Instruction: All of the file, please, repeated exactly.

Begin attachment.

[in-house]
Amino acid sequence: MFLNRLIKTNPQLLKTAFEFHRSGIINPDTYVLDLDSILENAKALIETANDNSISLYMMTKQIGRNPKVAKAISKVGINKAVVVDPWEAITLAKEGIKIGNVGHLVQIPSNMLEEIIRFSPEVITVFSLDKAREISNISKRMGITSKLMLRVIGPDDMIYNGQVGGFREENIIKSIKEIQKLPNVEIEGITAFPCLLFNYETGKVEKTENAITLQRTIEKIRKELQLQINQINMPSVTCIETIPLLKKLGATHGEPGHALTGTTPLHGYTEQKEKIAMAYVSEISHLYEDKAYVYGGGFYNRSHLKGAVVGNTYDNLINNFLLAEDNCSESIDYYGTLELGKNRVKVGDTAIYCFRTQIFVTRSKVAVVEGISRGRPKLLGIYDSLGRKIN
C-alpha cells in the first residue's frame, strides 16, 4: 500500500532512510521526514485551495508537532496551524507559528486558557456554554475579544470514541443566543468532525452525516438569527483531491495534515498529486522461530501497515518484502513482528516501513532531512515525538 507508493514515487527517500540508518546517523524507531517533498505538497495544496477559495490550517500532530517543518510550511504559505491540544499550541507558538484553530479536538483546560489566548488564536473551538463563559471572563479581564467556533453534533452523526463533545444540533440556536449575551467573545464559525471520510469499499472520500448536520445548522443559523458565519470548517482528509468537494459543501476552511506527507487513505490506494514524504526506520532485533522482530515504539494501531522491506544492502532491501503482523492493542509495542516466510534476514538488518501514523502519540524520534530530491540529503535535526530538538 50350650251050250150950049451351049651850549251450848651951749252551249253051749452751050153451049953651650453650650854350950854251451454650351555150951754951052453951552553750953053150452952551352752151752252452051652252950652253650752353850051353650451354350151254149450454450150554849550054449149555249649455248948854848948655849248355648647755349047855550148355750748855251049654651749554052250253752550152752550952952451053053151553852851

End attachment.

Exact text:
[in-house]
Amino acid sequence: MFLNRLIKTNPQLLKTAFEFHRSGIINPDTYVLDLDSILENAKALIETANDNSISLYMMTKQIGRNPKVAKAISKVGINKAVVVDPWEAITLAKEGIKIGNVGHLVQIPSNMLEEIIRFSPEVITVFSLDKAREISNISKRMGITSKLMLRVIGPDDMIYNGQVGGFREENIIKSIKEIQKLPNVEIEGITAFPCLLFNYETGKVEKTENAITLQRTIEKIRKELQLQINQINMPSVTCIETIPLLKKLGATHGEPGHALTGTTPLHGYTEQKEKIAMAYVSEISHLYEDKAYVYGGGFYNRSHLKGAVVGNTYDNLINNFLLAEDNCSESIDYYGTLELGKNRVKVGDTAIYCFRTQIFVTRSKVAVVEGISRGRPKLLGIYDSLGRKIN
C-alpha cells in the first residue's frame, strides 16, 4: 500500500532512510521526514485551495508537532496551524507559528486558557456554554475579544470514541443566543468532525452525516438569527483531491495534515498529486522461530501497515518484502513482528516501513532531512515525538 507508493514515487527517500540508518546517523524507531517533498505538497495544496477559495490550517500532530517543518510550511504559505491540544499550541507558538484553530479536538483546560489566548488564536473551538463563559471572563479581564467556533453534533452523526463533545444540533440556536449575551467573545464559525471520510469499499472520500448536520445548522443559523458565519470548517482528509468537494459543501476552511506527507487513505490506494514524504526506520532485533522482530515504539494501531522491506544492502532491501503482523492493542509495542516466510534476514538488518501514523502519540524520534530530491540529503535535526530538538 50350650251050250150950049451351049651850549251450848651951749252551249253051749452751050153451049953651650453650650854350950854251451454650351555150951754951052453951552553750953053150452952551352752151752252452051652252950652253650752353850051353650451354350151254149450454450150554849550054449149555249649455248948854848948655849248355648647755349047855550148355750748855251049654651749554052250253752550152752550952952451053053151553852851